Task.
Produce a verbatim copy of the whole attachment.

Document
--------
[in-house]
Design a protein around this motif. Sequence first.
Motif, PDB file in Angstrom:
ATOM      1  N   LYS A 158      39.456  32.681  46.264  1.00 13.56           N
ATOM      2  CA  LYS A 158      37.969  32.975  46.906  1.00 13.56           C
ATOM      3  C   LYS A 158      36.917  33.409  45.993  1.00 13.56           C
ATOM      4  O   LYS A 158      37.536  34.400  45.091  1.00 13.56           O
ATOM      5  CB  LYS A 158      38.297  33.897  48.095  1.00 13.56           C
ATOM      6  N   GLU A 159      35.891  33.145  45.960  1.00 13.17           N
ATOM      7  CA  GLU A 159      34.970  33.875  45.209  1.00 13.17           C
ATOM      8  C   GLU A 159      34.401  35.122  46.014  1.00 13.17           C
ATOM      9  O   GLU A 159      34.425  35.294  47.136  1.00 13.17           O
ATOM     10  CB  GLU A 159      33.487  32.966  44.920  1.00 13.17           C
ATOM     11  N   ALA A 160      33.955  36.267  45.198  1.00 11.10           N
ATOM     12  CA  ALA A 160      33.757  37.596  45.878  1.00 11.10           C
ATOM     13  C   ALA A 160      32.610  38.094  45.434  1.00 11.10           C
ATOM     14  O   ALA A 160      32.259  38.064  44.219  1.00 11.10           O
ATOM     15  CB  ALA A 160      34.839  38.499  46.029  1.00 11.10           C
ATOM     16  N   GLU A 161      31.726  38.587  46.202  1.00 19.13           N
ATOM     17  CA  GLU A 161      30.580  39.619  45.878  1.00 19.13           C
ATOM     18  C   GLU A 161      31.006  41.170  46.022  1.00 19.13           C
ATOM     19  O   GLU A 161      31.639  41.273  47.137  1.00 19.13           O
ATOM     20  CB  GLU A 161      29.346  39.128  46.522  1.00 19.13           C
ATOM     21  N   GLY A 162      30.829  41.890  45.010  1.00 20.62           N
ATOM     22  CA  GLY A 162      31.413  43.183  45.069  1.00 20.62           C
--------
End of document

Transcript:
[in-house]
Design a protein around this motif. Sequence first.
Motif, PDB file in Angstrom:
ATOM      1  N   LYS A 158      39.456  32.681  46.264  1.00 13.56           N
ATOM      2  CA  LYS A 158      37.969  32.975  46.906  1.00 13.56           C
ATOM      3  C   LYS A 158      36.917  33.409  45.993  1.00 13.56           C
ATOM      4  O   LYS A 158      37.536  34.400  45.091  1.00 13.56           O
ATOM      5  CB  LYS A 158      38.297  33.897  48.095  1.00 13.56           C
ATOM      6  N   GLU A 159      35.891  33.145  45.960  1.00 13.17           N
ATOM      7  CA  GLU A 159      34.970  33.875  45.209  1.00 13.17           C
ATOM      8  C   GLU A 159      34.401  35.122  46.014  1.00 13.17           C
ATOM      9  O   GLU A 159      34.425  35.294  47.136  1.00 13.17           O
ATOM     10  CB  GLU A 159      33.487  32.966  44.920  1.00 13.17           C
ATOM     11  N   ALA A 160      33.955  36.267  45.198  1.00 11.10           N
ATOM     12  CA  ALA A 160      33.757  37.596  45.878  1.00 11.10           C
ATOM     13  C   ALA A 160      32.610  38.094  45.434  1.00 11.10           C
ATOM     14  O   ALA A 160      32.259  38.064  44.219  1.00 11.10           O
ATOM     15  CB  ALA A 160      34.839  38.499  46.029  1.00 11.10           C
ATOM     16  N   GLU A 161      31.726  38.587  46.202  1.00 19.13           N
ATOM     17  CA  GLU A 161      30.580  39.619  45.878  1.00 19.13           C
ATOM     18  C   GLU A 161      31.006  41.170  46.022  1.00 19.13           C
ATOM     19  O   GLU A 161      31.639  41.273  47.137  1.00 19.13           O
ATOM     20  CB  GLU A 161      29.346  39.128  46.522  1.00 19.13           C
ATOM     21  N   GLY A 162      30.829  41.890  45.010  1.00 20.62           N
ATOM     22  CA  GLY A 162      31.413  43.183  45.069  1.00 20.62           C